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I want to simply forward the RTP packet received from one IP:Port pair to another IP:Port pair. I have already done it with iptables. iptables use conntrack module. But there is no need of conntrack in my application. So I want to do it with stateless NAT. I have found that statless NAT rules can be executed with "ip route add nat" command e.g

ip route add nat 205.254.211.17 via 192.168.100.17

This command tells the kernel to perform network address translation on any packet bound for 205.254.211.17. The parameter via tells the NAT code to rewrite the packet bound for 205.254.211.17 with the new destination address 192.168.100.17.

As I understand, the problem is this will forward all packets bound for 205.254.211.17 to 192.168.100.17. Is there any option to forward RTP packets received on specific port of 205.254.211.17 to another IP:Port?

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  • No ip route add nat is not a requirement. Kindly share your answer. It would be good if you also give a web link for a more detailed explanation. – UserXYZ Mar 11 '18 at 10:18
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By mangling packet header fields with nftables it's possible, without even using ip route add nat which, as a simple router functionality, is limited to layer 3 (IP), not layer 4 (TCP, UDP, ...).

WARNING: requires nftables >= 0.6 (>= 0.7 here if using notrack) and kernel >= 4.10. Tested here with nftables 0.8.3 and kernel 4.15.x.

It's quite compact, because nftables can combine multiple targets (3 targets here):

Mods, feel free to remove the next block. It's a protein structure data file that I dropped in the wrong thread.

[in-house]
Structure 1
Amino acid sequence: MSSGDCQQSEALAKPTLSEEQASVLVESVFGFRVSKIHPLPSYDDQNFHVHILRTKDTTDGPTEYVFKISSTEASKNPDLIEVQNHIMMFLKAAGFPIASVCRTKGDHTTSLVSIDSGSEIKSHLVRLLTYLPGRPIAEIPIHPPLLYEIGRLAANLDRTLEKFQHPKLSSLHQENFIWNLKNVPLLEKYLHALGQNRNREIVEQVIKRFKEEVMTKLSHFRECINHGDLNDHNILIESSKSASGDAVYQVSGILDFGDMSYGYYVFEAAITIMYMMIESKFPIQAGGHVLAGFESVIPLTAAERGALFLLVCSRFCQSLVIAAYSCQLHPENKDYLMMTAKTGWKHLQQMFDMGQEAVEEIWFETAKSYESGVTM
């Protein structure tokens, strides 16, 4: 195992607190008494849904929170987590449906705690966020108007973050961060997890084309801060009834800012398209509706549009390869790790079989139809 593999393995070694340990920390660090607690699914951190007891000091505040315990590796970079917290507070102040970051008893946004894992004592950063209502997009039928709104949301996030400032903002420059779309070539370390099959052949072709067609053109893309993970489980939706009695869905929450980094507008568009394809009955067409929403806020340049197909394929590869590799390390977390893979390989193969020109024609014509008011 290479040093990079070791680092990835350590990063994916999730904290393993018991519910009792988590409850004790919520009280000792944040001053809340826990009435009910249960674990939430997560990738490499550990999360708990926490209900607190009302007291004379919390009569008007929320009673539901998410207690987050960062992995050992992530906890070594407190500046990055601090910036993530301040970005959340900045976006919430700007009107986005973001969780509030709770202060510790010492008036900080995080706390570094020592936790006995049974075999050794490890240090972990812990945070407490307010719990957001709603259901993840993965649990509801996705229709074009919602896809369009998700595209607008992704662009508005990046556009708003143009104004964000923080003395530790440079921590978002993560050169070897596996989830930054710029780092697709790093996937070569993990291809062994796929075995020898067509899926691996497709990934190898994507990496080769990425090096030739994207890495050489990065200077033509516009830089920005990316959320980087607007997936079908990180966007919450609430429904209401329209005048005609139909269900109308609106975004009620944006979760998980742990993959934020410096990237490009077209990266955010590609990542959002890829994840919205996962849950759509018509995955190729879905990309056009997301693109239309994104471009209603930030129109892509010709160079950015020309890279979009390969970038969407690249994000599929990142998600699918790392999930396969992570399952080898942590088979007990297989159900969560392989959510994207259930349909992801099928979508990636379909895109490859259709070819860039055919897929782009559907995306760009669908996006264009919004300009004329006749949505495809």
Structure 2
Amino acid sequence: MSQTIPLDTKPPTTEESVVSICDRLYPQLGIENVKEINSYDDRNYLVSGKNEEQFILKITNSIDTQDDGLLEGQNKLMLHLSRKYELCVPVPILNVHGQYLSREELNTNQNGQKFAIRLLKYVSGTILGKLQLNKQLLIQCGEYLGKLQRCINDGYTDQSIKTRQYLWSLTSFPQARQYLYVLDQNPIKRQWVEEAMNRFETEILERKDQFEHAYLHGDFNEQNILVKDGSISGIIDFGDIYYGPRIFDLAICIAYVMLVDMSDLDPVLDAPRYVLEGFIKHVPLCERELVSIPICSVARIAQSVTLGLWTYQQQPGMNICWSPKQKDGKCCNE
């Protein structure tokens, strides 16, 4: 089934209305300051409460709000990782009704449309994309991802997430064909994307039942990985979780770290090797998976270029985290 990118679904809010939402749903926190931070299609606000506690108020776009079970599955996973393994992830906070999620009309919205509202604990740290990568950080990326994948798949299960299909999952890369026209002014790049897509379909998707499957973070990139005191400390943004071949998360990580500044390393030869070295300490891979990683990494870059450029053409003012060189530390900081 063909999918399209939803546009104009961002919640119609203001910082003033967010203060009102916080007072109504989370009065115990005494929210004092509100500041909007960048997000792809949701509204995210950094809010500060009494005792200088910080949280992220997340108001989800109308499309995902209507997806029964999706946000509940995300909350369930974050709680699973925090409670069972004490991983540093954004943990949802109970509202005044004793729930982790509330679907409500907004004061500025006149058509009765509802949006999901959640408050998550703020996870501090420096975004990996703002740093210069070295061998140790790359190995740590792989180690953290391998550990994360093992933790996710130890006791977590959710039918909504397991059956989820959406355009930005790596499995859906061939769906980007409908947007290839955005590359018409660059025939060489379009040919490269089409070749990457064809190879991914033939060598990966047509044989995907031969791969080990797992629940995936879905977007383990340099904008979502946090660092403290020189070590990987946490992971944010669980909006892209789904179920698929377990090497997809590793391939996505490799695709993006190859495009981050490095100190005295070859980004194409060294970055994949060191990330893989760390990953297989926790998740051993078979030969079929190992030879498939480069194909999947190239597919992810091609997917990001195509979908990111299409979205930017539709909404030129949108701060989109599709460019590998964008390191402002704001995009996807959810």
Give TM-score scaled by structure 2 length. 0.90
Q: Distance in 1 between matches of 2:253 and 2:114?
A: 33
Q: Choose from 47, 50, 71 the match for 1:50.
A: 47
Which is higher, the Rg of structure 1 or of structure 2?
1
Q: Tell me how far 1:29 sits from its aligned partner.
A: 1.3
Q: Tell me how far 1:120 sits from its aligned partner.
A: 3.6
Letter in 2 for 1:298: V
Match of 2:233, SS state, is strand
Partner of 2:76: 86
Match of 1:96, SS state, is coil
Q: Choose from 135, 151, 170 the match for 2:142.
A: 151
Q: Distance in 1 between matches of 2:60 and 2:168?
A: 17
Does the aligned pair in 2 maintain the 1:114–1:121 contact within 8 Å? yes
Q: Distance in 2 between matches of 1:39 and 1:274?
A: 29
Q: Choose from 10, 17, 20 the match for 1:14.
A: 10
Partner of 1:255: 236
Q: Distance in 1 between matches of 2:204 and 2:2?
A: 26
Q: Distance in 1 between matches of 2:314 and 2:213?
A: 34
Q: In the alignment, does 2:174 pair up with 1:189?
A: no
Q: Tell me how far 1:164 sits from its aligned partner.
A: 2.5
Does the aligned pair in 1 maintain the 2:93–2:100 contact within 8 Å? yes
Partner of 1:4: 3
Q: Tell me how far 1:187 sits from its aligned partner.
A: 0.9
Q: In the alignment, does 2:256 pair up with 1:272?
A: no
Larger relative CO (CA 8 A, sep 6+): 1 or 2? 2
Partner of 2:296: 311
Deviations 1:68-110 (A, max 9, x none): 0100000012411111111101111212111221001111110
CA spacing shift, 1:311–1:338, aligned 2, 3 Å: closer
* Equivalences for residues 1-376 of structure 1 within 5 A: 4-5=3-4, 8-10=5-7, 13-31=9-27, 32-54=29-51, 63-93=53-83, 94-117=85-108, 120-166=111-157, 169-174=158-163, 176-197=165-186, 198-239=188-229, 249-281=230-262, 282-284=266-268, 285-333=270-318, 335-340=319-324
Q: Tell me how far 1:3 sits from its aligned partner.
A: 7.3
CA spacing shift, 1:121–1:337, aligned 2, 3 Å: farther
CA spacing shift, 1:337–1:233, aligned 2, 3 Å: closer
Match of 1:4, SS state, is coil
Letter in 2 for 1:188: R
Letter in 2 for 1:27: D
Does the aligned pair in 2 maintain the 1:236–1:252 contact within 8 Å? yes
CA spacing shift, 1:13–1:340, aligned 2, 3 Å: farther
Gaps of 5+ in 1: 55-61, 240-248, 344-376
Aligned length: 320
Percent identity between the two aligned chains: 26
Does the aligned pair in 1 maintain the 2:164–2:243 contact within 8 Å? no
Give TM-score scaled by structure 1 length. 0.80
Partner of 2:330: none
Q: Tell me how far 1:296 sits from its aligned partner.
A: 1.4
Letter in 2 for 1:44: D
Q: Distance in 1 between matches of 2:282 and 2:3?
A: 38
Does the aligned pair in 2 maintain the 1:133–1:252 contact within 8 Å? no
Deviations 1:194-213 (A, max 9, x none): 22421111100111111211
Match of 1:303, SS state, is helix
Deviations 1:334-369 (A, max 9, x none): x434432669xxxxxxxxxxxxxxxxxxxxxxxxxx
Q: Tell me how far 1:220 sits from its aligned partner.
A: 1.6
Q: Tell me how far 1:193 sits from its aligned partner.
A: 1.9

# nft add table raw
# nft 'add chain raw prerouting {type filter hook prerouting priority -300;}'
# nft add rule raw prerouting ip daddr 205.254.211.17 udp dport 5004 notrack ip daddr set 192.168.100.17 udp dport set 5006

Quotes on the 2nd line to avoid shell interpretation. If doing tests, the fastest way to remove all of nft is nft flush ruleset.

So just reading it aloud, the rule tells to select only an IP packet with destination 205.254.211.17, being UDP with destination port 5004, then tags it as non trackable (by conntrack, if it's loaded), sets its destination IP to 192.168.100.17 and sets its destination port to 5006.

You can mix nftables with iptables rules without much problem as long as you don't use nat tables on both at the same time (fine, you don't want to use that anyway). Being able to state the explicit chain priority even allows to choose if nftables hooks will run before or after corresponding iptables hooks, eg here by choosing -301 or -299 to be certain to run before or after iptables' raw table if there was such need.

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It does not appear that Linux provides support for stateless NATing that allows you to restrict the behavior by a specific port or set of ports.

From the iproute2 documentation:

Stateless NAT, occasionally maligned as dumb NAT, is the simplest form of NAT. It involves rewriting addresses passing through a routing device: inbound packets will undergo destination address rewriting and outbound packets will undergo source address rewriting.

Looks like this type of NATting is limited to IP addresses only. Taking a look at the current mainstream kernel implementation here, it appears that the functions responsible for doing the work do not accept port numbers, only ip addresses and netmasks.

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You need to edit the packets with tc pedit munge. Match the incoming port, rewrite packet destination as the LAN address, and reverse for the outgoing packet. https://www.man7.org/linux/man-pages/man8/tc-pedit.8.html

The good side about tc is that it's fast, very fast. The bad side is the learning curve.

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